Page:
Lucky for us some of the 'PuGs' we'd picked up were actually members of our guild-alliance, so they pulled in some guildies and we eventually got that dragon down. But we must've been cursed that night. We all knew how the fight worked (at least half of us had the fast kill/deep breath achievements) and we still wiped a few times before killing Ony.

To be honest, if I hadn't been leading that Pug raid i'd probably have quit after the fourth wipe. I don't blame those who left after wipe number three for leaving. But those who left on wipe number one? Yeah, not impressed with them.

If you are, for whatever reason, going to leave a raid after a single wipe (especially in a PuG with so many Unknowns), you shouldn't be raiding in the first place. If your mood is that bad, or your patience that thin, or you headache that horrible, don't join a raid in the first place. Those who stay in the group after the first wipe won't know or care why you left so fast, they'll just know that now they have to wait around to find a replacement. And a lot of times waiting causes more peeps to drop group. And the more people drop out, the more likely it is that the raid will fall apart. It's what I call the Lemming Effect...starts with one person, then others decide to do the same thing.

I'm an oddity. I don't mind frequent wipes, even in PuGs, so long as progress is made.

I abandoned this mindset after the Karazahn raid that lasted 9 hours.

I'm not exaggerating. I timed it. We didn't even kill the one boss I needed. It destroyed my faith in PuGs forever.

I kinda like wiping. I always find it hilarious, and not in a bad way. Of course I'd rather not wipe, but I am definitely an advocate of not moaning and complaining if we do. :)

I agree with you 100%.. and the whole people-leaving thing? What does leaving the raid do? It definitely doesn't help anything, that's for sure. For the most part the only time I'll leave is if something comes up IRL or I have something else to do, IE a guild run or something.

Okay, not coming from the pugging side of things or raiding (I've not pugged, or had the pleasure of raiding yet, still working at the instances and started some heroics)but I actually feel better if we've worked at it, and if a few deaths happens, I find it makes the success that much more satisfying - if that makes sense!

We've tended not to study tactics beforehand deliberately, so we can work at the instance, and we don't write off the idea of there being potential wipes. In fact, I'd be sad if we breezed through them all.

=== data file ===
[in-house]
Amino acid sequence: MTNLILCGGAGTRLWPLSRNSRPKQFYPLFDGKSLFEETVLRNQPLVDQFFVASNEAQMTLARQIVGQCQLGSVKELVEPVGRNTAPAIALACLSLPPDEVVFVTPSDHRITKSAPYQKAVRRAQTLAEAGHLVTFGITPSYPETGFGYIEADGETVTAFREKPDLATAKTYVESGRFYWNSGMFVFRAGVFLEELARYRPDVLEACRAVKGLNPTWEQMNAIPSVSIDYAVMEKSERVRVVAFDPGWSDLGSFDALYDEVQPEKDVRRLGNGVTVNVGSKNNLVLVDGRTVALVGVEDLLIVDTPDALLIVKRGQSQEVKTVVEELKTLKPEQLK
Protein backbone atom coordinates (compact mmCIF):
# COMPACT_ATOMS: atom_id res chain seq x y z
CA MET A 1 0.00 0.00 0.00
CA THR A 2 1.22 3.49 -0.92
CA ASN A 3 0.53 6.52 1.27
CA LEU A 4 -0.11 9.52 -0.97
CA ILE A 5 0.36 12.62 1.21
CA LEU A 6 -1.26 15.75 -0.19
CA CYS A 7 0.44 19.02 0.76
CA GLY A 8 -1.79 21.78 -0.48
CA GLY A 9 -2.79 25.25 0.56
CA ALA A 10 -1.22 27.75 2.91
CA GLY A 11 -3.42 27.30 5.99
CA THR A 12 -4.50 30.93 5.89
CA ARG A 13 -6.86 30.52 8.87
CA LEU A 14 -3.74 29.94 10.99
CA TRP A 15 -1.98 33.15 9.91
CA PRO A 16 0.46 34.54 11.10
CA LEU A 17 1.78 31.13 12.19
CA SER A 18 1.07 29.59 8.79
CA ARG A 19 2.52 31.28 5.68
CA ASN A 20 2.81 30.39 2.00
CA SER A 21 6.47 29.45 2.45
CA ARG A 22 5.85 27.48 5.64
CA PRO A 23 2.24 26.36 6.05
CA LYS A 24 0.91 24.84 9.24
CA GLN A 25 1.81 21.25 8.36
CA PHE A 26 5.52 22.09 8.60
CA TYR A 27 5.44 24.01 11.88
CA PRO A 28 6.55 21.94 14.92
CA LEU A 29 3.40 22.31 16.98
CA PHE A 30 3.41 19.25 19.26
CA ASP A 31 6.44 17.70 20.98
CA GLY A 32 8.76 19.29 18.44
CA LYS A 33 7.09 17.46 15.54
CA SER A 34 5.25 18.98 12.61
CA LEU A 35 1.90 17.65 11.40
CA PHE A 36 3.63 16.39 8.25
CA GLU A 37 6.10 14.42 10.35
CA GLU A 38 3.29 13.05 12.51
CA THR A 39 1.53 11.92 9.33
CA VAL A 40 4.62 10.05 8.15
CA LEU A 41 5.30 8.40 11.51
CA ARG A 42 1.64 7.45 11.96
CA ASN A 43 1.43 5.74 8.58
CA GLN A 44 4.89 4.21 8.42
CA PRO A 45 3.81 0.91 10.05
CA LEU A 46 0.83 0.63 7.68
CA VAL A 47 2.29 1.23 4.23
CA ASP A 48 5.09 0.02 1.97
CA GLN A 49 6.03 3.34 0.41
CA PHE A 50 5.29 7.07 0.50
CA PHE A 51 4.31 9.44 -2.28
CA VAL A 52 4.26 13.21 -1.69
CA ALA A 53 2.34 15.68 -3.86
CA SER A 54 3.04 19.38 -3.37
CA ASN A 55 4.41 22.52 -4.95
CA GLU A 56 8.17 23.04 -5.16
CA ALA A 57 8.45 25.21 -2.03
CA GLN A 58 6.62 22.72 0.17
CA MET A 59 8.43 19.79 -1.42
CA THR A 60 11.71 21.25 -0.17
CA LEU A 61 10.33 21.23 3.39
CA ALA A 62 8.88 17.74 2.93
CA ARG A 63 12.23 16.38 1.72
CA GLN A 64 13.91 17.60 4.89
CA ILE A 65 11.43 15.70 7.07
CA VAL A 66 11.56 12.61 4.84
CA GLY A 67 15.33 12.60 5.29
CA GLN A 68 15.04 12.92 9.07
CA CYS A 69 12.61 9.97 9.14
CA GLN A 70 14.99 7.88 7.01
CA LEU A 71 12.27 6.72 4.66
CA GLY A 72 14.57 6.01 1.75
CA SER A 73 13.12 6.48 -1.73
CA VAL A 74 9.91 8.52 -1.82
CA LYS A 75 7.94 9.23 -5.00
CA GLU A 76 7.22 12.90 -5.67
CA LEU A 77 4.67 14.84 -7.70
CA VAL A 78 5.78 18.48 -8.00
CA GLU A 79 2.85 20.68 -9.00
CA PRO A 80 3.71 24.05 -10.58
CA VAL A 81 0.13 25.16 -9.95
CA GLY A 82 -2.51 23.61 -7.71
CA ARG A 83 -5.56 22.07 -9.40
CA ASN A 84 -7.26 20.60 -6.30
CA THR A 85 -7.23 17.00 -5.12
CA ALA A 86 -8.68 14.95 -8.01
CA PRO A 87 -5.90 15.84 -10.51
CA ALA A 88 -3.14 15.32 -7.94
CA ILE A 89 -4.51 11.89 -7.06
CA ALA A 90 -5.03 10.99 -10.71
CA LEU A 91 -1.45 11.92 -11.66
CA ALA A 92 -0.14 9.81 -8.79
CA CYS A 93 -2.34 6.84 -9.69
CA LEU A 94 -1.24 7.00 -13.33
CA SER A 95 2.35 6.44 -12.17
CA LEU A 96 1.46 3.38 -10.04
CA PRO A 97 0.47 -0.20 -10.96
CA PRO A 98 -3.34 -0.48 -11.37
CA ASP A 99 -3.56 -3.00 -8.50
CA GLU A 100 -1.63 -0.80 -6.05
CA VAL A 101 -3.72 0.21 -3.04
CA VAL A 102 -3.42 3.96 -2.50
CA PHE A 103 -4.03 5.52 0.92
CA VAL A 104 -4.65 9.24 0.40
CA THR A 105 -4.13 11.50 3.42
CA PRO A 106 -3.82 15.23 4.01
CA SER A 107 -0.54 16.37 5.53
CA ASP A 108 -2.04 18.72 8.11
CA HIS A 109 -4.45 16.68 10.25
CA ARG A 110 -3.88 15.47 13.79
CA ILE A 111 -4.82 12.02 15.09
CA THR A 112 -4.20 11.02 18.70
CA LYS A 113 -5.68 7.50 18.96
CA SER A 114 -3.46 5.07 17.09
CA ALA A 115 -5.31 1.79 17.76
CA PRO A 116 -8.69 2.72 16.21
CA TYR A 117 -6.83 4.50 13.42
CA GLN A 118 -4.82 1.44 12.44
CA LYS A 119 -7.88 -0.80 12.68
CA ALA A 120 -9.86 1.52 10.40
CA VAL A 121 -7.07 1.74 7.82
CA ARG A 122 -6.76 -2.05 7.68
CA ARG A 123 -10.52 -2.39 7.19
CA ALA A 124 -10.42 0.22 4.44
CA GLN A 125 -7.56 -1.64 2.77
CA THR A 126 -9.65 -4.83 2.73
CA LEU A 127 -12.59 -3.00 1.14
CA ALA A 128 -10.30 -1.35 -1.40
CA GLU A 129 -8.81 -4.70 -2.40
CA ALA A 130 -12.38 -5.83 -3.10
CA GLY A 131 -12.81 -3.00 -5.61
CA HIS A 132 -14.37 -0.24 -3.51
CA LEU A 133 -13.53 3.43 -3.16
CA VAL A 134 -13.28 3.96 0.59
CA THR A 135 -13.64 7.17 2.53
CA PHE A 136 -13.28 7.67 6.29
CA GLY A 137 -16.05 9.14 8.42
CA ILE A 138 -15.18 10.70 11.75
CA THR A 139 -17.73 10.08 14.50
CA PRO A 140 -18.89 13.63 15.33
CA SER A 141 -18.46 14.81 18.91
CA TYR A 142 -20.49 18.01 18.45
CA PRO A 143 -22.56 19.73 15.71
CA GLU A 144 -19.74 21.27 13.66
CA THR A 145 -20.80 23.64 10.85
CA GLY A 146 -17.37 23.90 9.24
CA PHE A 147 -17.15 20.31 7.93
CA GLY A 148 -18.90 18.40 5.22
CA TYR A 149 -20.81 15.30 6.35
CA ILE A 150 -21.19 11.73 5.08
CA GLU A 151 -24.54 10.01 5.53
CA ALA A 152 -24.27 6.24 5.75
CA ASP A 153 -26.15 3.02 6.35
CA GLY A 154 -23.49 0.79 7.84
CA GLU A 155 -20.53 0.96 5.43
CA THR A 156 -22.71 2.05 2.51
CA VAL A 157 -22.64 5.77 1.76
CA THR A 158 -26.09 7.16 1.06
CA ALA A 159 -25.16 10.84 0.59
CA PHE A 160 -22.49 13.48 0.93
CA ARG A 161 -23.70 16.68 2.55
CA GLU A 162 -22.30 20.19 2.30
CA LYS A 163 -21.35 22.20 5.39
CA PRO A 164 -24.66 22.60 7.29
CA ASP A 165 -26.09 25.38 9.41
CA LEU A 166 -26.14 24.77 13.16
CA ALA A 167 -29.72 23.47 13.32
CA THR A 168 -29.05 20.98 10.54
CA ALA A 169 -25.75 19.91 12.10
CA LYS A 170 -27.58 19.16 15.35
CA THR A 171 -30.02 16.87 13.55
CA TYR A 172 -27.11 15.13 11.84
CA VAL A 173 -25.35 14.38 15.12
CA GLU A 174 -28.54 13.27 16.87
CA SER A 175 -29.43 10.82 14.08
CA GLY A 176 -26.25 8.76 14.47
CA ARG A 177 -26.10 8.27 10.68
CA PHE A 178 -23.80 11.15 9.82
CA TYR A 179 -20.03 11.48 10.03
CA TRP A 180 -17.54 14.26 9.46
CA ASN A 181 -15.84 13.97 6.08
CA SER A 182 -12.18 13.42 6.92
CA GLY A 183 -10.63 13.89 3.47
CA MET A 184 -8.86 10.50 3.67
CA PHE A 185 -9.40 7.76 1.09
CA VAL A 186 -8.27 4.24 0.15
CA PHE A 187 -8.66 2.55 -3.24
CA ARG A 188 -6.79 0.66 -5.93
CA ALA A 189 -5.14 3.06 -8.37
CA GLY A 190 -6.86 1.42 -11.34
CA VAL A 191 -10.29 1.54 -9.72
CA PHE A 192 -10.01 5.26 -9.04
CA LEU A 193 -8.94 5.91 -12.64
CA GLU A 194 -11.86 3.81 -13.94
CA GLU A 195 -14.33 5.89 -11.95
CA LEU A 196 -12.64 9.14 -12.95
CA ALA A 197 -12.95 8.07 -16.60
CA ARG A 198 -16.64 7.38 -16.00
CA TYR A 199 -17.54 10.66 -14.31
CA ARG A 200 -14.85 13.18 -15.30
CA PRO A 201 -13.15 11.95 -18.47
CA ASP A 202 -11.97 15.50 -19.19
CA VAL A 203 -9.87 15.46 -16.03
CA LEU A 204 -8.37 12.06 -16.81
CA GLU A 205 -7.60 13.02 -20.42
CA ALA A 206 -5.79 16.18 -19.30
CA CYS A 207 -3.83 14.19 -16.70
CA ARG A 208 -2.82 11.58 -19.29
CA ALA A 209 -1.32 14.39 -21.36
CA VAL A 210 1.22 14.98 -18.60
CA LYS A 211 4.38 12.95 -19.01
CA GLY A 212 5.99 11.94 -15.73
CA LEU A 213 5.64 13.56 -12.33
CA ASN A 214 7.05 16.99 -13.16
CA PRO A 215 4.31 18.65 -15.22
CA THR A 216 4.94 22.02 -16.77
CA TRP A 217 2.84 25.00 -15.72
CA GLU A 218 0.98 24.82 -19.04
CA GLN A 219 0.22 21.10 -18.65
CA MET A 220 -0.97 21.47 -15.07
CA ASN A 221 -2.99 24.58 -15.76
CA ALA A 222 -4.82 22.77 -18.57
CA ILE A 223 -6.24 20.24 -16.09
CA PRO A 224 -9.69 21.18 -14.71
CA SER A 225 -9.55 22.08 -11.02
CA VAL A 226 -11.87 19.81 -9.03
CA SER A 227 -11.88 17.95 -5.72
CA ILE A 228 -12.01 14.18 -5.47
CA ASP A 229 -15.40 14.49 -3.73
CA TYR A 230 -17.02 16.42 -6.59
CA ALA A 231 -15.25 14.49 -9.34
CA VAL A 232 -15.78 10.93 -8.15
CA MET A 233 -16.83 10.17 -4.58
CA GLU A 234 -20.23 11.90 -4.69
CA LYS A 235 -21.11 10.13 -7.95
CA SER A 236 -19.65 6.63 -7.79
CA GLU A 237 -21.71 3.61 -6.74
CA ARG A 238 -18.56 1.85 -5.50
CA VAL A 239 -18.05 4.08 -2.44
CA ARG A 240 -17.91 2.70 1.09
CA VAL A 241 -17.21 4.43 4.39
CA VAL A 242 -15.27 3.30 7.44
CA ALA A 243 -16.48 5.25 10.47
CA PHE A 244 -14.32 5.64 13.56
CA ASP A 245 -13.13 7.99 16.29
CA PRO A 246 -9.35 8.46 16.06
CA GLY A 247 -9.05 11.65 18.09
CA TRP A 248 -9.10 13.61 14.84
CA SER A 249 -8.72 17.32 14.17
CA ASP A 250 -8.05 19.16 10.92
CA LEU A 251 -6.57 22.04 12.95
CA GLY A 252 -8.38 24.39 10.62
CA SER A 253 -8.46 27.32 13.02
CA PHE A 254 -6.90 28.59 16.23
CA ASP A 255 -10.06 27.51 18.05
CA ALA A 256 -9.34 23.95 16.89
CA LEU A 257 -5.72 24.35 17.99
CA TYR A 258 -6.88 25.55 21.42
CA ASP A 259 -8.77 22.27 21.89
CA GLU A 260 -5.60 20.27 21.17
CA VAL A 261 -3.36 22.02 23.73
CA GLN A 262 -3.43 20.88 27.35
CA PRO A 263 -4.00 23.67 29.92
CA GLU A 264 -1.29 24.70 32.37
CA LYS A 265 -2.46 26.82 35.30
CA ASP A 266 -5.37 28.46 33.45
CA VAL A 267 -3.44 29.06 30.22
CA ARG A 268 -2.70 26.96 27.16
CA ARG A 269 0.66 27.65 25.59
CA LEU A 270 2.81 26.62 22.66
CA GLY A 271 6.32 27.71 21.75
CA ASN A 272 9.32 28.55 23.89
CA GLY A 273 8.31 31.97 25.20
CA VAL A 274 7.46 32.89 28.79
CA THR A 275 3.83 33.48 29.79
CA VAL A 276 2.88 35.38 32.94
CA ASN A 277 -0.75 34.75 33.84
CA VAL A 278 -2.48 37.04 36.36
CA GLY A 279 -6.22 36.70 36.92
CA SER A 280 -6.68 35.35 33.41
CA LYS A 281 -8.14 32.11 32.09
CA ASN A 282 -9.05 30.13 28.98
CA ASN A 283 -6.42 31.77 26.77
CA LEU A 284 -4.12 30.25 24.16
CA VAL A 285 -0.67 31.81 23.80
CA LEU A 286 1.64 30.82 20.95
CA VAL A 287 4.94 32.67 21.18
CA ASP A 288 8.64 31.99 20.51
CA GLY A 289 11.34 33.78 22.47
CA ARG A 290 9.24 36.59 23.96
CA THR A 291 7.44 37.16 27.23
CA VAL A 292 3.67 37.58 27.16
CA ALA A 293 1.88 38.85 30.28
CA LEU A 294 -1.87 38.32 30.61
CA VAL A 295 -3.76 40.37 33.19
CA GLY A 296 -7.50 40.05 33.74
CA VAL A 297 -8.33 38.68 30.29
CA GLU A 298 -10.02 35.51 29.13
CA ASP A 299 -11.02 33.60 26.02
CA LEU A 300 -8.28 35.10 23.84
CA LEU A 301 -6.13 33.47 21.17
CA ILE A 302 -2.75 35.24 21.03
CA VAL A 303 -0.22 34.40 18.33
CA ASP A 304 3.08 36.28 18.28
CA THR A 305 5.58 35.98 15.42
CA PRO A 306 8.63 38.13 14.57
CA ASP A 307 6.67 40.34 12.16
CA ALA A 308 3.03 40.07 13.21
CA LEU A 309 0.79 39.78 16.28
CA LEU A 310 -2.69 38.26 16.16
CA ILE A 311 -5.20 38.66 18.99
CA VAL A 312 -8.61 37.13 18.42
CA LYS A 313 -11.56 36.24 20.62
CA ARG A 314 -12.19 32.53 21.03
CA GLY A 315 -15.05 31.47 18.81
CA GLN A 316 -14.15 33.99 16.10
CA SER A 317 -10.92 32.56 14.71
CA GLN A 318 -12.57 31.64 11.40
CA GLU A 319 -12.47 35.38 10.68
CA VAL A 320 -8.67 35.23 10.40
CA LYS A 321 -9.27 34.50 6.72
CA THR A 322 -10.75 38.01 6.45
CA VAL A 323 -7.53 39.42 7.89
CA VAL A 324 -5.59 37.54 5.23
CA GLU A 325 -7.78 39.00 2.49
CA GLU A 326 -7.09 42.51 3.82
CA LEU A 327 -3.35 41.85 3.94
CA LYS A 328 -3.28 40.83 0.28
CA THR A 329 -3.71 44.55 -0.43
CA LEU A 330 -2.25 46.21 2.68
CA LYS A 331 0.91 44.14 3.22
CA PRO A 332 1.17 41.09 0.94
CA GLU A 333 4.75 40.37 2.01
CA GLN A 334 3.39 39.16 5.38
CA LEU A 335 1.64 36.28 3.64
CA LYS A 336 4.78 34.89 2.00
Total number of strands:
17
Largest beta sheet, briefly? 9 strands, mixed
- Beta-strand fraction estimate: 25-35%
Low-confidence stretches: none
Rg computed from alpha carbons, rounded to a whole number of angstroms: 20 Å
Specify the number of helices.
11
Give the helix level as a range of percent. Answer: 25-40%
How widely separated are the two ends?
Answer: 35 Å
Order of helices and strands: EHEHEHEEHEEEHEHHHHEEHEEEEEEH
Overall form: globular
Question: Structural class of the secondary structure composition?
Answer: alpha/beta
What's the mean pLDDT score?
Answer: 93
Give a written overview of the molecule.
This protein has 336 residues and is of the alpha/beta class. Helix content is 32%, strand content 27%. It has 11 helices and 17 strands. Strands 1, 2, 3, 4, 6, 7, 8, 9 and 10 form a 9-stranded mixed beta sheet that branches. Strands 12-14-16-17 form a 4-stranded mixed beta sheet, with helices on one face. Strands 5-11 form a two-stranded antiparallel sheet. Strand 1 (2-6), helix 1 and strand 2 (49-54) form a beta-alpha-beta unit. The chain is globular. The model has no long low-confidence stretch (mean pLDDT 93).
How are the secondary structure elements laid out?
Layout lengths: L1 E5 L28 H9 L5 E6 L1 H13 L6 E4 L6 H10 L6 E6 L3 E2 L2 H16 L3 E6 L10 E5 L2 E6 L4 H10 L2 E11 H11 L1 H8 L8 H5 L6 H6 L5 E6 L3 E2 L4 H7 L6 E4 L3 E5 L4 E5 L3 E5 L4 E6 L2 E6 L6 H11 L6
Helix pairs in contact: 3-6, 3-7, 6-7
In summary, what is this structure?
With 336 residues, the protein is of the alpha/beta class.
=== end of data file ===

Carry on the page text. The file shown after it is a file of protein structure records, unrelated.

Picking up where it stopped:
But that's me and with friends. I'd not want to die in a group of strangers, but I'd understand if I did. And I'd at least give it a fair shot unless the group was totally fail - and by that I mean didn't care at all, not pulling weight etc.

I have rarely jumped ship after 1 wipe. I tend to base my leaving on how much effort the group puts in. If we do better the 2nd time I stick around. Usually 3-4 wipes is my limit unless I can see it's actually making any progress.

I had a horrendous Ony pug today which wiped first in less than one minute. Because half the group of 25 people had NO IDEA WHATSOEVER how to do the fight even though they had all answered 'yeah we know tacs'. Healers ignored healing assignments, tanks died, melee dps played spin the Onyxia and I ended up smashed into a whelp pit. 2nd time around everyone was told tacs, and it was about the same. Wipe in 1 minute. I left. That's the kind of wiping I really hate, where people are just idiots who can't follow basic instructions or learn from their mistakes.

There's been a lot of good thoughts out there already and much the same happens on my realm. It's frustrating for those of us who are geared and know the fights and are looking for a particular item or two (or just emblems/trophies). I do the progression night of wipes with my guildies. But I have 2 80's that are ToC25/ToGC10 geared. We only have one of each on the schedule for the week, so I sometimes try to pug the other for a better chance at loot/emblems/trophies/etc. I wish more people payed attention to some kind of pug etiquette.

I had a whole tl;dr thing written, but the summary is:

Puggers should be prepared to wipe. They should also be prepared (bring their own flasks, food and not expect fish in a pug). They should have researched the content they are pugging if they haven't done it. They should be mindful that they're in a group of 24 other people and not to waste their time too.

Pug leaders should be prepared to explain fights, deal with loot, kick dead weight. Pug leaders should know all the fights better than the rest of the pug. They should not build a pug to carry them. This seems to be why most pugs fail that I've been in (the pug leader hasn't cleared the content and maybe 4-5 people have - I'm normally one of them).

Honestly, I've been on both sides. And I agree with an earlier post that talked about the "quality" of the death...and also the quality of the raid experience. I pugged a 25 man EoE once. Everyone talked on vent like they knew their shit inside and out. They ripped apart geared and booted a DK from the raid for wearing one piece of mail (with mockery and lols@the int stacking DK, etc...when it seems reasonable to me that you might pick up a piece of melee mail that's an upgrade as a plate wearer)...anyways, after all that bluster, we wiped. And it was a very basic problem; the tank positioned Maly horribly. I dropped after one attempt. Yeah, we could have learned it as a group, but I'm not putting up with epeeny jerks who can't live up to their epeen as they learn something.

On the other hand, I stayed through a whole H-COS even after we had arthas die, when I knew something backasswards was going on. But I was pugged in to tank with by a few people fromt the same guild, and they were sweet people, so I kept at it.

My patience really is related to the attitude of the group, and how much of my time and gold I'm going to be spending on them.

Edited at 2009-11-17 06:37 pm (UTC)